Mia is a 4 year old Labrador x Poodle that presented to us for acute onset vomiting. She was otherwise very happy, still eating and energetic. We performed a physical exam on her which was completely normal, and so she was sent home with some anti-nausea medications and put on a bland diet for a few days. Two days later however, she was still vomiting quite regularly, and the owners had started to become concerned that she had maybe eaten something she shouldn’t have – she is often seen chewing on the family’s sock collection!
She was brought back in, and on a repeat physical exam she was noticeably quite tender in the abdomen, turning around to look at the vet whilst the intestines were palpated. On suspicion we took abdominal radiographs to search for any foreign bodies. On one of the radiograph views, there was a very subtle striated pattern in the small intestines, highly suggestive of a sock!
Vomiting can be a result of dietary indiscretion, bacterial or viral gastroenteritis, anxiety, motion sickness, gastrointestinal (GI) obstruction or the result of systemic disease. We often treat vomiting conservatively initially, but if persistent further evaluation is necessary. Obstruction by a foreign body can be partial or complete if the object is unable to pass.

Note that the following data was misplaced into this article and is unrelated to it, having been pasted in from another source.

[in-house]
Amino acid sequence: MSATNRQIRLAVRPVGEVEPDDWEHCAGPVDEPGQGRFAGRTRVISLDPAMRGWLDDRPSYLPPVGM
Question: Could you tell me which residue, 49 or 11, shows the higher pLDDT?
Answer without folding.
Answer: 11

In Mia’s case, she was still passing faeces and the radiogaphs did not display on obstructive pattern. Because of this, we chose to admit Mia to hospital and place her on fluid therapy to assist the motility of the GI tract. We monitored her closely and did repeat radiographs the following day to follow the movement of the sock. Careful monitoring is important with foreign body ingestion as objects can lead to distension of the small intestines with fluid and gas, damage to surrounding tissue and possibly even perforation.
The following morning Mia had still not passed the sock, but a rectal exam by the vet detected a soft object that was able to be grasped and slowly pulled out of her rectum. It was a knee-high sock! This was great news, as the fluids had helped Mia pass the foreign body all the way through her intestines, avoiding the need to have surgery to remove it. Well done Mia! She was sent home later that day on a bland diet to settle her GI tract, and strict instructions to avoid sock munching in future.